(Washington, DC) The Department of Health Care Finance (DHCF) today announced that DC residents who need medical assistance on October 1, 2013 can still apply for Medicaid and those applications will be processed without delay, according to Wayne Turnage, Director of the District of Columbia Department of Health Care Finance.
Beginning October 1, 2013, DC residents who want to apply for Medicaid will have several new options for submitting applications. Through DC Health Link -- the District’s new on-line health insurance marketplace and automated eligibility system -- residents will be able to complete and submit an electronic application over the Internet. Using the DC Health Link Contact Center (1-855-532-5465), residents will be able to apply over the telephone, working with trained eligibility and enrollment experts. Residents will also be able to get help from trained, in-person assisters from 35 community organizations or they can visit a neighborhood service center and submit an application in person. Applicants can continue to mail in their applications if they choose.
The District’s new eligibility system also automates the verification process. This means that people applying for Medicaid on line or over the telephone through DC Health Link will not have to bring in paper documents as proof of eligibility unless the information is inconsistent. Further, residents who are denied Medicaid because they are over the program's income limit will be reassessed to determine whether they qualify for federal premium tax credits that would reduce the cost of their private insurance.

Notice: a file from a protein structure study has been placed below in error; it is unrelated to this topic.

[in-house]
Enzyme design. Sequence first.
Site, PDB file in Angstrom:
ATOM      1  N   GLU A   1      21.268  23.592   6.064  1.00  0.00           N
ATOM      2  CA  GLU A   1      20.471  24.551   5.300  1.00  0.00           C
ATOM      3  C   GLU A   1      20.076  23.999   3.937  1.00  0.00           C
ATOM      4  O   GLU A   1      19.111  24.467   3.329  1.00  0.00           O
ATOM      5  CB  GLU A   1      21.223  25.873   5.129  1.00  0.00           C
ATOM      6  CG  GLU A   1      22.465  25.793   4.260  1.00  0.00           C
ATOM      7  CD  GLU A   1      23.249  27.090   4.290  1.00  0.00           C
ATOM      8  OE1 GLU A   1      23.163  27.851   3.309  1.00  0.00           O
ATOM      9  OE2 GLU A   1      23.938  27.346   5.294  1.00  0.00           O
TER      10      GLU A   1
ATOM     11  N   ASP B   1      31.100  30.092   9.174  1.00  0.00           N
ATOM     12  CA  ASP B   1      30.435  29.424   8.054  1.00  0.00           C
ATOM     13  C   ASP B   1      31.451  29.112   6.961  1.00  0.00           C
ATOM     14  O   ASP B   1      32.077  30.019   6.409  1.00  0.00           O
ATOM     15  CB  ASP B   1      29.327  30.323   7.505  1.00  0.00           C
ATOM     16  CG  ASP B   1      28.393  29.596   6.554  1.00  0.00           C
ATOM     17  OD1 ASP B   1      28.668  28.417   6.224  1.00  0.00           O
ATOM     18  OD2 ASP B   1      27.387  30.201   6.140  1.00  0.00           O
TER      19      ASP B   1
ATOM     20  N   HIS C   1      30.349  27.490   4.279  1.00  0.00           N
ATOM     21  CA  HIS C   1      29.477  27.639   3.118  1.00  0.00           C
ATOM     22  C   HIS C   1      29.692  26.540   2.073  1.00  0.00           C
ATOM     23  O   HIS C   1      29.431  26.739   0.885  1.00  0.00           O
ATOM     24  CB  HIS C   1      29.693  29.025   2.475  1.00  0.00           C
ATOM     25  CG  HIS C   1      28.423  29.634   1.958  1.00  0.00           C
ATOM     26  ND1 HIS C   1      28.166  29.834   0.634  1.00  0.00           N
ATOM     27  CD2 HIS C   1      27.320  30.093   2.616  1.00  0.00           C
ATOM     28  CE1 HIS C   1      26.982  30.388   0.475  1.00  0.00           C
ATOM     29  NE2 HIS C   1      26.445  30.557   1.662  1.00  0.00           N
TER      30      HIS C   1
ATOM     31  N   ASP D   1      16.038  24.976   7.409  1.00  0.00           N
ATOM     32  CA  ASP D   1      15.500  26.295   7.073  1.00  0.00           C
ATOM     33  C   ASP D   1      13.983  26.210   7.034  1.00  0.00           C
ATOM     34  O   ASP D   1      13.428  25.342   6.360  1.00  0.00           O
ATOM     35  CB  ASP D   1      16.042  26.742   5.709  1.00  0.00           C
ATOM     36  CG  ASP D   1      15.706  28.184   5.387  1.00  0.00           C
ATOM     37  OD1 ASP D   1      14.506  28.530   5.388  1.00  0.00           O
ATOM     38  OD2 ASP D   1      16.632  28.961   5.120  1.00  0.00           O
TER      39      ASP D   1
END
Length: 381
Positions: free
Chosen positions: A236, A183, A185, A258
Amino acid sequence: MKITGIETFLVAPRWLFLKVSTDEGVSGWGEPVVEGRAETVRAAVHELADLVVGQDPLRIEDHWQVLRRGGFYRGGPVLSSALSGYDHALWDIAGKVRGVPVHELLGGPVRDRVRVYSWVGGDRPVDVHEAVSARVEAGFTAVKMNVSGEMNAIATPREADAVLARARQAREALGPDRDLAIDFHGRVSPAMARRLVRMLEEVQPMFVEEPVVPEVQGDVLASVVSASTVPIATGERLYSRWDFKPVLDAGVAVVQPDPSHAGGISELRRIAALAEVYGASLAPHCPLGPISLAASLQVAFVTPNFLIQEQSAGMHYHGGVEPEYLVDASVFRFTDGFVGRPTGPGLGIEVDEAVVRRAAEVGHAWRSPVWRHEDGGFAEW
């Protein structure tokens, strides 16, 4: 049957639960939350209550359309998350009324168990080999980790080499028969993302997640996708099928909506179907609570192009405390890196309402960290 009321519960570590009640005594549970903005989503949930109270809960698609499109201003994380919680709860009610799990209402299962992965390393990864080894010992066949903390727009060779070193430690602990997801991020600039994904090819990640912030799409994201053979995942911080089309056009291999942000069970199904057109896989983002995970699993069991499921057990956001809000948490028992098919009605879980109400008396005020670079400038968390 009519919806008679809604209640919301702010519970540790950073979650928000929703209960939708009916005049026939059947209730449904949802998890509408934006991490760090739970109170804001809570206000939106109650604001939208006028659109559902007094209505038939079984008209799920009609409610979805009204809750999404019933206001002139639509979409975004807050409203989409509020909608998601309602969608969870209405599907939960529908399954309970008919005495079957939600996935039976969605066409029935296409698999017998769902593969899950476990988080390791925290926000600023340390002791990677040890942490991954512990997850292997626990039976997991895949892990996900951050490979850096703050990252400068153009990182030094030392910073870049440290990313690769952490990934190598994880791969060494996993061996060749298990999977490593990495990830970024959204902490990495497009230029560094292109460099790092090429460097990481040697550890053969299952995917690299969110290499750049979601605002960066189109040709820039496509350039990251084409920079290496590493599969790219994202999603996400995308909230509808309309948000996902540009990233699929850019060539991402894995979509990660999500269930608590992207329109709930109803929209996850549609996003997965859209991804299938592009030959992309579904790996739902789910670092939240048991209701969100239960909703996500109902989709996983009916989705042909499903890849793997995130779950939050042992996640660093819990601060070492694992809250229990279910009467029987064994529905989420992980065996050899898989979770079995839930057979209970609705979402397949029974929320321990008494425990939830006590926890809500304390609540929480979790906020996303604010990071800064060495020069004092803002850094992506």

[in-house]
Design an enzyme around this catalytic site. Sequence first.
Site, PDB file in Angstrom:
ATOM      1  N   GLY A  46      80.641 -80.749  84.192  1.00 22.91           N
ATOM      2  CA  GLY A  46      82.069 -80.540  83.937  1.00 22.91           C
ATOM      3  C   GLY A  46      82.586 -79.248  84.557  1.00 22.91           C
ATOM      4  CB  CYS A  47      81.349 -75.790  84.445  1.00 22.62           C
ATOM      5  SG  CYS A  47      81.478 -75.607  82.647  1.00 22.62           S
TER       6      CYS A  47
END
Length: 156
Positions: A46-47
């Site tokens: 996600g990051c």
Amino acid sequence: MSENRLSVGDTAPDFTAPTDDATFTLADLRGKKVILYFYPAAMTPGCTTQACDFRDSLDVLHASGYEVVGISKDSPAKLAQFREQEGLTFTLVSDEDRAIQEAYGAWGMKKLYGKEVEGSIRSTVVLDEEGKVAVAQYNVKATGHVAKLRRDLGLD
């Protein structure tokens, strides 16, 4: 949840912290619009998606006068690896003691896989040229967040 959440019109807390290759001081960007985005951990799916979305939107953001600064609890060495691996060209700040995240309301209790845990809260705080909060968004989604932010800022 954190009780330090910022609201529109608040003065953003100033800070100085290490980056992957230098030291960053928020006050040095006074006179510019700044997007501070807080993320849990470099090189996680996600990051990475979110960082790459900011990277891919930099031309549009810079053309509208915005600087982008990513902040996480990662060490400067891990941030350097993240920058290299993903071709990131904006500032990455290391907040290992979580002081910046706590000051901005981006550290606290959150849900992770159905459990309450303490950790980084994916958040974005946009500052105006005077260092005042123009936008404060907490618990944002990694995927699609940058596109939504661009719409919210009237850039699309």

“These new features bring us closer to a seamless, no wrong door approach that promises to be more efficient and less burdensome for District residents and we are excited about our continuing work with the Exchange Authority and the DC Department of Human Services to implement this new integrated approach to eligibility,” notes Director Turnage.
The automation of Medicaid applications is part of a larger project to automate all health and human services assistance applications. “We are moving in a step wise fashion to create a one-stop shop for everyone who lives here,” according to David Berns, Director of the District’s Department of Human Services. “Over the next year, we will continue to build system capacity with the goal of making it easier for residents to apply for the District’s federally supported human service programs and to reduce the burden of annual recertifications.”
The District of Columbia has been on the forefront of health care reform implementation and was one of only two states to expand Medicaid coverage early. Today, one in three residents gets health coverage through Medicaid and only six percent of District residents are uninsured.